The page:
• By default, all FUSE based filesystems are visible only to the user who mounted them. No other users (including root) can view the filesystem contents. For other users it will appear like this:
    ls -l /home/jdoe
    drwxr-xr-x 4 jdoe jdoe 4096 2007-05-18 22:00 encrypted
    ?--------- ? ?    ?       ?                ? plain
    

Installing EncFS

Installation is very simple. Follow the steps below.

Note
All actions below should be executed with root privileges.

Install fuse-encfs from Fedora Extras:

yum install fuse-encfs

You should see something like this (on an x86_64 system):

=============================================================================
Package                 Arch       Version          Repository        Size
=============================================================================
Installing:
fuse-encfs            x86_64   1.3.2-1.fc7      development      278 k
fuse-encfs            i386        1.3.2-1.fc7      development      276 k
Installing for dependencies:
 fuse                    x86_64    2.6.3-2.fc7      development     77 k
 fuse-libs              x86_64    2.6.3-2.fc7      development     56 k
 fuse-libs              i386         2.6.3-2.fc7      development     57 k
 rlog                     x86_64    1.3.7-3.fc6      development     36 k
 rlog                     i386        1.3.7-3.fc6      development     35 k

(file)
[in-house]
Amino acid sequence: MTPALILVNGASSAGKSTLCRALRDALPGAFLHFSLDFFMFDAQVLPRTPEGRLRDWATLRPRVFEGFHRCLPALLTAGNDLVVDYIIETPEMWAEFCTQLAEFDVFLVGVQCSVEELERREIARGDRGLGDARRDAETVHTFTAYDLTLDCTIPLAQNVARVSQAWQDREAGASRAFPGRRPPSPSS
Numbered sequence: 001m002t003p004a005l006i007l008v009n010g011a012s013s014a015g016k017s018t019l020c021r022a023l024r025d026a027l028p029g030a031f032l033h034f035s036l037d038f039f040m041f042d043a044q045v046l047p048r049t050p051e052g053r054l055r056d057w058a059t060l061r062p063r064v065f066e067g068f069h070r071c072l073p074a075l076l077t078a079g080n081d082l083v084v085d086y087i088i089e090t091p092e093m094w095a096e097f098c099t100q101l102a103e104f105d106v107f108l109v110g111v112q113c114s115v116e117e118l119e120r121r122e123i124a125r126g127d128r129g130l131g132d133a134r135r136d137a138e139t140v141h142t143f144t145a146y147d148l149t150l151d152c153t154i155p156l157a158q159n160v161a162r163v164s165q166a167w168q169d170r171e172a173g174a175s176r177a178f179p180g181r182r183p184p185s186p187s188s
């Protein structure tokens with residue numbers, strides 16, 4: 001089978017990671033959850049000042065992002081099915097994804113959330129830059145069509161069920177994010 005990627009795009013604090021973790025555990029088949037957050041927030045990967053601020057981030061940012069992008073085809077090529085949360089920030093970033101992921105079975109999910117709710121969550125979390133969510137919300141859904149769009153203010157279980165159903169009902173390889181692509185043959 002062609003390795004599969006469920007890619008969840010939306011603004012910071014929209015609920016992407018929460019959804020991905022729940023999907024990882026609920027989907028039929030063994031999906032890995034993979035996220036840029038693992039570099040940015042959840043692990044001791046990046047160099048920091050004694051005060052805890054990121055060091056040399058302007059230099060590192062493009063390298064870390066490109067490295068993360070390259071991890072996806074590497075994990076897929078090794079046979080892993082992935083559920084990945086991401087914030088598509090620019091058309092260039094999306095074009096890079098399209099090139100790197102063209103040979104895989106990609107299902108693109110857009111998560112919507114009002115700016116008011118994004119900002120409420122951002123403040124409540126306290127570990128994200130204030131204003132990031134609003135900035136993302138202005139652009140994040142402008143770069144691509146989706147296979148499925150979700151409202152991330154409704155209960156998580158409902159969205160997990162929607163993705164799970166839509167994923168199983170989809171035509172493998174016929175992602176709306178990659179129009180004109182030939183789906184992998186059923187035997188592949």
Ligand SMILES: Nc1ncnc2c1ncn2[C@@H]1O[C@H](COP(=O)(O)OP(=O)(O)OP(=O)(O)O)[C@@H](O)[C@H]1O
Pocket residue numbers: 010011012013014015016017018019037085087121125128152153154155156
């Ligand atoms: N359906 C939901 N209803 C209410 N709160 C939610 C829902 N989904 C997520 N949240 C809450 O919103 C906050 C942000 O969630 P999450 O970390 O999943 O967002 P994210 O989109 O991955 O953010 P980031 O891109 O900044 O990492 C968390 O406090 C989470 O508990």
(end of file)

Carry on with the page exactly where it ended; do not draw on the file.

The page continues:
Transaction Summary
=============================================================================
Install       7 Package(s)
Update    0 Package(s)
Remove  0 Package(s)

Load the FUSE module:

 /sbin/modprobe fuse

And, finally, add any users that will use EncFS to group ‘fuse':

usermod -Gfuse jdoe

Using EncFS

Using EncFS does not differ from using any other filesystem. The only thing you need to do is to mount it somewhere and start creating files and directories under the mount point.

Note
All commands below do NOT require root privileges.
Warning
Use only absolute path names with EncFS!

Create working directories:

mkdir -p ~/encrypted ~/plain
  • plain/ – looks like a normal directory. All files stored here look like normal files for the user who mounted this directory with EncFS. This acts like a virtual directory performing encryption and decryption.